Wait, what? Explain the “missionaries in North Korea” allusion. What makes them “open”…?

But more substantively:

Are you deeply miserable? Then run to the closed pole.

Ok, I’m with you so far…

Are you deeply comfortable, even smug? Then run to the open pole.

… why?

I mean, you can justify this with a normative appeal to the value of truth and so on. I would support such an appeal. I’m definitely very much on board with the value of truth for its own sake.

However, there seems to be a tension, in your post, between the following two (partly explicit, partly implied) views:

View One: If you’re too closed, you will encounter toxic incentive gradients, toxoplasma of rage, and perhaps ineffectiveness, self-destructive (on a community level) behavior, etc.

View Two: If you’re too closed, you will be “deeply comfortable, even smug”.

Aren’t those views contradictory? Can I really be “deeply comfortable” while also having all those problems which View One portrays? Wouldn’t those problems in fact cause me to be “deeply miserable”?

And if indeed the two views are contradictory, then the question arises: if, indeed, I am “deeply comfortable”, then why should I run anywhere? (Other than the value of truth-for-its-own-sake, that is.)

I had to think about this, so thanks!

I should have specified that deeply miserable was more of a short term judgement, specifically on a people dimension. If your interactions with people are causing you to be deeply miserable, it's probably a good idea to retract.

But, to me, a really high level of short term comfort in people space indicates a position which is short term good and long term very bad. This isn't always the case, but as a first pass, it sets off alarm bells. It's like the social equivalent of too much candy. "This tastes too good. It can't be good for me to ingest this and only this."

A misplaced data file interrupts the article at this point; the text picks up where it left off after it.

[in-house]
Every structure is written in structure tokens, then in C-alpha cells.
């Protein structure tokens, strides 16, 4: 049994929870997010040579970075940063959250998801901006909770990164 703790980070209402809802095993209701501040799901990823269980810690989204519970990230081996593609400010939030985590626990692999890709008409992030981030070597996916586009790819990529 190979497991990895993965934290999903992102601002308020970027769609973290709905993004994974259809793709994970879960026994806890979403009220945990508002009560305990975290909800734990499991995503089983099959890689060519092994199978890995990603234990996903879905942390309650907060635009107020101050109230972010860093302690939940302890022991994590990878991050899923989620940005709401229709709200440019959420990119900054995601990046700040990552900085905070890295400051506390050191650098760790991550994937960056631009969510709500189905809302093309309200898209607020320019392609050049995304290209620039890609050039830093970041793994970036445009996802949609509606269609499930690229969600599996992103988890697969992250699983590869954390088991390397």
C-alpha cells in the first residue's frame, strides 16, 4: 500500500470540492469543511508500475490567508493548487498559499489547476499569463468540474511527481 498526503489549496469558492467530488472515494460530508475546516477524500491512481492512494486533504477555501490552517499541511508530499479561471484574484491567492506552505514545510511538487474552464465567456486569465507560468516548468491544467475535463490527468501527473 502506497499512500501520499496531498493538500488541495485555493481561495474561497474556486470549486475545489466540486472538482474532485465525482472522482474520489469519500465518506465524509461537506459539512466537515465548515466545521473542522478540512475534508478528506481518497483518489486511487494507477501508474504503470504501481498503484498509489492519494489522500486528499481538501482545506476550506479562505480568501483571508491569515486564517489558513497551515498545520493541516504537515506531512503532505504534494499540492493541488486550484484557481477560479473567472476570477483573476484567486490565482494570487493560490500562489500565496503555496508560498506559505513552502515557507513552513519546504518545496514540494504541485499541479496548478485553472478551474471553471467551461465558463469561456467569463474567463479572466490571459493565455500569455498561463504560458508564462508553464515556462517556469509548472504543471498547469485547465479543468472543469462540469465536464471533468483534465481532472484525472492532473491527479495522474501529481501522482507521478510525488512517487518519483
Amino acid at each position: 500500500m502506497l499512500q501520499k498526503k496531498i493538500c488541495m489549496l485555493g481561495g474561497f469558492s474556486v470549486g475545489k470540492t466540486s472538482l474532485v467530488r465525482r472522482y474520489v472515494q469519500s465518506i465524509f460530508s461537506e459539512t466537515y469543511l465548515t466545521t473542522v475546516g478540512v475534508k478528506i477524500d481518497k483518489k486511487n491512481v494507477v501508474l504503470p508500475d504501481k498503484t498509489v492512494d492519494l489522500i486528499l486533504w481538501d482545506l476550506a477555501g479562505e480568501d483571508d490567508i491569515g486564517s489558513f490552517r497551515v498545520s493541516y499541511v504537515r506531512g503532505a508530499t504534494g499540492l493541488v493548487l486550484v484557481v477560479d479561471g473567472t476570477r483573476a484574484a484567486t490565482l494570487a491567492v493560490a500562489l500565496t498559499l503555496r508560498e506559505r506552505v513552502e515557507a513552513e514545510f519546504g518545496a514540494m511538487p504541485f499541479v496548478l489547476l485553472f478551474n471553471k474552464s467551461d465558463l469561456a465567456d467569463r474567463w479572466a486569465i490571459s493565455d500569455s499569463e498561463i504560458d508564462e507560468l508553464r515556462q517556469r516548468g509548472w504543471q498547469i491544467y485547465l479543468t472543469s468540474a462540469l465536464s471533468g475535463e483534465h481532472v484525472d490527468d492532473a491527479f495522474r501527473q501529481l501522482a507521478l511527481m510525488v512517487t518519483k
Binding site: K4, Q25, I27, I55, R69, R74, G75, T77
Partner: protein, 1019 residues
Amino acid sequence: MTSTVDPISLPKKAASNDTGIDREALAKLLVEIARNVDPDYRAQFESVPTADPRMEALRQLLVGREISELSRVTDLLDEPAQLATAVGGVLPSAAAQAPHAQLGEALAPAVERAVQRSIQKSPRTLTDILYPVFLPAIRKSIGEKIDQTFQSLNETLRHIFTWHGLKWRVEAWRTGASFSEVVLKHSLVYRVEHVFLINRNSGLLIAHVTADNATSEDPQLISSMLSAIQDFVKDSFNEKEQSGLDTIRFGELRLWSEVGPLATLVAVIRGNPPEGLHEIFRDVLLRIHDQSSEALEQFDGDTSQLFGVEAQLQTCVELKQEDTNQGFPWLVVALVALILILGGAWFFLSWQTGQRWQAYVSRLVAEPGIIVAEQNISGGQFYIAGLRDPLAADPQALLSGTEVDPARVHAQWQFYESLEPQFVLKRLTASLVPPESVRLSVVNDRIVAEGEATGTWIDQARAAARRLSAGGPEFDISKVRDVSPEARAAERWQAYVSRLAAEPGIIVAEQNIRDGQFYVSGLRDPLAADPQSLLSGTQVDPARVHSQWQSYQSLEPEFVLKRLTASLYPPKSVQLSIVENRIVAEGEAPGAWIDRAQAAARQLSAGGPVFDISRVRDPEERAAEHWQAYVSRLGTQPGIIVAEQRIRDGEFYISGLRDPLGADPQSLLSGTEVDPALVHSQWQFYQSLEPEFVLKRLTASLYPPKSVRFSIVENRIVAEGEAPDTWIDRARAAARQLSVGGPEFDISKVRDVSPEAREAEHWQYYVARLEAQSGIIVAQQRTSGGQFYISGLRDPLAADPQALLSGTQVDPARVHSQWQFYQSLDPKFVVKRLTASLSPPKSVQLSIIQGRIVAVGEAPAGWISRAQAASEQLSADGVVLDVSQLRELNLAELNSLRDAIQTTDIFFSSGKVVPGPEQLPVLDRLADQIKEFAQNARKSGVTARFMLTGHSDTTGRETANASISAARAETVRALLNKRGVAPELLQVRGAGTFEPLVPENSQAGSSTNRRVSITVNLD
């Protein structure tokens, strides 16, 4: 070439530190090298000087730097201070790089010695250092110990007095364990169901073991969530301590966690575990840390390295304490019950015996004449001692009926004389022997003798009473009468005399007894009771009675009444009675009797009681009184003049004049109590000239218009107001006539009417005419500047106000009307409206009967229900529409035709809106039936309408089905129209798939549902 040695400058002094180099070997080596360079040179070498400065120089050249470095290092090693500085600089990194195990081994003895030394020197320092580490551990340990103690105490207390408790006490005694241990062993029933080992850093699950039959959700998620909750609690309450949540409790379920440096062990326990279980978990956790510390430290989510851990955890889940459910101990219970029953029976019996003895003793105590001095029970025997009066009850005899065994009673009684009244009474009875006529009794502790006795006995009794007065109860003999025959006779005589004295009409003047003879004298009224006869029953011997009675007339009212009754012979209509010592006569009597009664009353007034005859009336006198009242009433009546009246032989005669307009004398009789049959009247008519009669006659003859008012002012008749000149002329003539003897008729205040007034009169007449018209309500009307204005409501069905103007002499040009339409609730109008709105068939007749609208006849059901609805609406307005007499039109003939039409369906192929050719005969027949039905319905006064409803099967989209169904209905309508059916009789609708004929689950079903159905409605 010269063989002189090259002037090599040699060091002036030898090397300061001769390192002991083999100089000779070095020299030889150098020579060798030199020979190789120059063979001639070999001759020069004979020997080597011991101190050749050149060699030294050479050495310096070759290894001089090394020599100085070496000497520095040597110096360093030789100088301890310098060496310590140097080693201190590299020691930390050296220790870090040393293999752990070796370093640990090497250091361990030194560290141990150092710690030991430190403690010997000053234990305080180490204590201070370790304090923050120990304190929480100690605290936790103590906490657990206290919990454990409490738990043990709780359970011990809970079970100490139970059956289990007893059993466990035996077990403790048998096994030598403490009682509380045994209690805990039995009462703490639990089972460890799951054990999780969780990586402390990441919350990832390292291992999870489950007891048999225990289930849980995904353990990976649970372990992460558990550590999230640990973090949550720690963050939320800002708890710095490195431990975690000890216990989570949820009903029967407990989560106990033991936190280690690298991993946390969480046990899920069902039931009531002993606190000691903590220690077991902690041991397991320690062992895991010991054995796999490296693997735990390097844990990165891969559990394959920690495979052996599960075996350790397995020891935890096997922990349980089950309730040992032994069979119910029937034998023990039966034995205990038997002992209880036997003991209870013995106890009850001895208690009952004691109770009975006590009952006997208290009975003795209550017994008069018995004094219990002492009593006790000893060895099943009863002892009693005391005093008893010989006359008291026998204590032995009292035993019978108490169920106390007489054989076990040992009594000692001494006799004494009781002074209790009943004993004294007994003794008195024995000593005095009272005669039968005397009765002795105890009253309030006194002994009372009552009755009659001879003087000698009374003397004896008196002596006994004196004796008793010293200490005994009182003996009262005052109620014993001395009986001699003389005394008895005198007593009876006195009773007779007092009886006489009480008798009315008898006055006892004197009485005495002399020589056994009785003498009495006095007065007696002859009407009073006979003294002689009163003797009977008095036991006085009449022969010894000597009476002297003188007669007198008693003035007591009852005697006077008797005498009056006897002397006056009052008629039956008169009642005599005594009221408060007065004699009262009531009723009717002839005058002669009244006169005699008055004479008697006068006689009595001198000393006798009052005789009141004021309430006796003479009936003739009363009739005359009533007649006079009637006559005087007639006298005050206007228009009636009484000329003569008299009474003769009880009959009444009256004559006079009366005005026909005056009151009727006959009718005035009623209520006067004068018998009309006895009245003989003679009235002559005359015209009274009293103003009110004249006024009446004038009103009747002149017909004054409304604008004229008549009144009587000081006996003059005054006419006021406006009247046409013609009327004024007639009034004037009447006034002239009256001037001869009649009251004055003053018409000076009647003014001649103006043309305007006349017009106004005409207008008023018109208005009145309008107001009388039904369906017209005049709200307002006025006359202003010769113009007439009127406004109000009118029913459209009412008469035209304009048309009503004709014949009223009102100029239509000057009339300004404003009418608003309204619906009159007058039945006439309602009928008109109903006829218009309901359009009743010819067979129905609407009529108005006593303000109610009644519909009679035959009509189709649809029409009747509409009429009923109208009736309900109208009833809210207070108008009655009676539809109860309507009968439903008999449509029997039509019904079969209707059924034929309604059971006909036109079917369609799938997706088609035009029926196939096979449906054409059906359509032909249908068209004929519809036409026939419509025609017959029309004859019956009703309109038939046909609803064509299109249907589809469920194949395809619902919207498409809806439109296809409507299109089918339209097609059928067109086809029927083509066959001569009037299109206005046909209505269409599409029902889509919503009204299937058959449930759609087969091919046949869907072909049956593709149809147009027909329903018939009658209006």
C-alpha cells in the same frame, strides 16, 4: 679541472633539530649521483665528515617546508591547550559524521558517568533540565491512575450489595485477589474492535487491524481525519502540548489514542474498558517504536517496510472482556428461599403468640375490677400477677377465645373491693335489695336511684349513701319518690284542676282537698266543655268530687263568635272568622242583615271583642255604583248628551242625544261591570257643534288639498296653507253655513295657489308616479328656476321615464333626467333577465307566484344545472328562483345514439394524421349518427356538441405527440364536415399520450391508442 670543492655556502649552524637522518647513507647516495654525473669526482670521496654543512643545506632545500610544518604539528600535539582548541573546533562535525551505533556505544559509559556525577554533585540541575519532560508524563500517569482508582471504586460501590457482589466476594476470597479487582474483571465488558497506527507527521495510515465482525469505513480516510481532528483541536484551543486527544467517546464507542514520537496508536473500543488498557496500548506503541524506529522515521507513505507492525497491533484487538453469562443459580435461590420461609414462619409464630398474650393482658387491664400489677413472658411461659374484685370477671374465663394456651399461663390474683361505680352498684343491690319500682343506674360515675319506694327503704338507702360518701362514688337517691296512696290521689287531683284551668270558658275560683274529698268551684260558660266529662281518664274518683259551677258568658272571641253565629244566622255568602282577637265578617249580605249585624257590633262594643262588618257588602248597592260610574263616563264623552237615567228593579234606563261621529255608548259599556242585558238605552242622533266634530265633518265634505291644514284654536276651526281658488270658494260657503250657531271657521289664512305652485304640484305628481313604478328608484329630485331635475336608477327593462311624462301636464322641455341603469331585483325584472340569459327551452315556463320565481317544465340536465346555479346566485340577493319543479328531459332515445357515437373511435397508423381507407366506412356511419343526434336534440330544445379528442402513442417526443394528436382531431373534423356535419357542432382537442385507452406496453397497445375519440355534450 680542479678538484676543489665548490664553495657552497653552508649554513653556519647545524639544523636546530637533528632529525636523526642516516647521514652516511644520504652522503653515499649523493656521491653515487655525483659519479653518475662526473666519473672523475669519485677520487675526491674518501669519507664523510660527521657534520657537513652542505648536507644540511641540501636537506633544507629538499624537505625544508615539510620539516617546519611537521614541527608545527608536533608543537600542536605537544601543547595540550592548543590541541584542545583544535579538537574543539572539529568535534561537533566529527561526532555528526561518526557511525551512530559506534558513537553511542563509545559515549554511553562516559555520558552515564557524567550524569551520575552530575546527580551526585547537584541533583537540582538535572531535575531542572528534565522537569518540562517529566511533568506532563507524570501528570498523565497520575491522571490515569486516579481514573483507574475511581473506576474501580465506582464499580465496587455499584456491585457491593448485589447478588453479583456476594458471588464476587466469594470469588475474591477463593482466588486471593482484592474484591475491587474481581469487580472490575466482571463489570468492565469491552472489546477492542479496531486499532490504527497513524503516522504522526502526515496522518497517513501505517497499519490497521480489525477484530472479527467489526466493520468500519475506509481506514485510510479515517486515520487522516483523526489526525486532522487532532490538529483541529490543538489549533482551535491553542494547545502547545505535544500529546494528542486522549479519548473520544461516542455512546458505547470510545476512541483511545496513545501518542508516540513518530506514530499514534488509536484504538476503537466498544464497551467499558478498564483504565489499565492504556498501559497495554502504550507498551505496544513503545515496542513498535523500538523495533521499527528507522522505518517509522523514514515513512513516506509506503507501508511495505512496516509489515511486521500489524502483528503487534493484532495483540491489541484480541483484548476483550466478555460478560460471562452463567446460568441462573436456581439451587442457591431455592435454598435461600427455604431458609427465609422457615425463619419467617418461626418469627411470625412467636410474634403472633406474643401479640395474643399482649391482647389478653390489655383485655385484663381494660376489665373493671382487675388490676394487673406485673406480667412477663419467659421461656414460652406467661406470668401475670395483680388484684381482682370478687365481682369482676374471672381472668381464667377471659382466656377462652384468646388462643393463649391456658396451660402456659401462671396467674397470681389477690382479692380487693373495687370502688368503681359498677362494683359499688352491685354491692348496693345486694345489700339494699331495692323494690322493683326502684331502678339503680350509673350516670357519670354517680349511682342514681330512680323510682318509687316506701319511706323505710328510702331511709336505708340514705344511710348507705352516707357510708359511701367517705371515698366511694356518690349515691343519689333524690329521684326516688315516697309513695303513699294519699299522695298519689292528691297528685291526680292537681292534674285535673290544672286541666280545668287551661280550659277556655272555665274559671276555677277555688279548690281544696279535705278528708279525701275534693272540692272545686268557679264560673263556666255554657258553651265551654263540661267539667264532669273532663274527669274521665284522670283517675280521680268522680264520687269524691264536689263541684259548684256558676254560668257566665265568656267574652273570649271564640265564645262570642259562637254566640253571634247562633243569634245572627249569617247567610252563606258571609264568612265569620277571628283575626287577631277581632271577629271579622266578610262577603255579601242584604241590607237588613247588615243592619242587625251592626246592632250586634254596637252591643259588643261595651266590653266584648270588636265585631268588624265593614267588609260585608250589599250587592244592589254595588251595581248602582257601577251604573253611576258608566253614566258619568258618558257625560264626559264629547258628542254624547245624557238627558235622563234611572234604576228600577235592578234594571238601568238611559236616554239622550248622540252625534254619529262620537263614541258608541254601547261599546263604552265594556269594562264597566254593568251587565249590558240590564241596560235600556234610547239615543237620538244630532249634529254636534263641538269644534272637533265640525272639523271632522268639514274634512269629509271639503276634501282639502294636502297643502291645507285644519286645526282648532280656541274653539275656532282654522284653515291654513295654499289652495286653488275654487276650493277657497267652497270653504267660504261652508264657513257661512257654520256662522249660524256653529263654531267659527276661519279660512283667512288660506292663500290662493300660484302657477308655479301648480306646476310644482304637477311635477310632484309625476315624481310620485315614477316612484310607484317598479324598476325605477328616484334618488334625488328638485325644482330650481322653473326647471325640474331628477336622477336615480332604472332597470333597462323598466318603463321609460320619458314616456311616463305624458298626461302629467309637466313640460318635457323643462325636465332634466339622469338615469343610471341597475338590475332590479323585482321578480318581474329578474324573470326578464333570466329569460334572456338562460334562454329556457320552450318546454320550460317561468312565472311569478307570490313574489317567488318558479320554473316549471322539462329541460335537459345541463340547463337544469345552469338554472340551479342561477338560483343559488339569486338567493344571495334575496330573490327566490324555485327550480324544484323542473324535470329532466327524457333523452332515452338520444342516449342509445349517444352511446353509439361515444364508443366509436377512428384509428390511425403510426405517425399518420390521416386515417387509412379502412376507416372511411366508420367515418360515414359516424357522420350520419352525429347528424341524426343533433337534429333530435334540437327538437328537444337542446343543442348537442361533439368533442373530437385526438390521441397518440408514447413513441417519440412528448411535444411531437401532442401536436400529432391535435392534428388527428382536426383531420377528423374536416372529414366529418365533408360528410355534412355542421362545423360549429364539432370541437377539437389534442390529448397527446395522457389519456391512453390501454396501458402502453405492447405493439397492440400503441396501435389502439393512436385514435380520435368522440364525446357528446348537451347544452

I also think this is because the bad behaviors listed only arise out of a smug level of comfort.

But I still have a hard time explaining when and why the candy feeling actually indicates the candy danger. I think it needs further discussion and further thought.

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Missionaries in North Korea, for all their other faults, are spending a lot of social time with people they know to hate them. Relatively speaking, they're spending a lot of time with the differently-minded.

I, too, am uncomfortable with the "too comfortable" heuristic. Social comfort doesn't seem like the problematic thing here.

Here are several alternate warning signs for being in too much of a filter bubble:

  • Are you getting accurate feedback on what matters? The way I interpreted Cheat to Win was that you're trying to surround yourself with people who value the things you value, so that the feedback you get on what you're doing is meaningful to you. Feedback from others may just be on an irrelevant metric of quality. But, perhaps there are some things which you can't just rely on close allies for. If you are trying to write a novel to be a nationwide best seller, you might not be able to get the feedback you need from your pre-existing fans.
  • Are you ignoring some potential consequences of your actions? Maybe you're trying to revolutionize 3D printing, and you only hang out with guns-rights activists who think giving everyone the ability to print a gun is pure upside. So ask yourself: do your actions only effect you and your group of supporters? If no, have you thought seriously about who else is being effected and whether you might be ignoring negative effects?
  • Is there a group of people who seriously disagree with some assumptions you make? Would you know if there were? (Have you checked?) If there is, have you engaged with their concerns to the point where you're satisfied? Is it possible you'll be kicking yourself years later for not engaging more?

I had to think about this, so thanks!

You’re quite welcome.

Follow-ups:

What is “short term comfort”? If I am comfortable, how do I tell whether that is “short term comfort” or “long term comfort” (whatever that is)?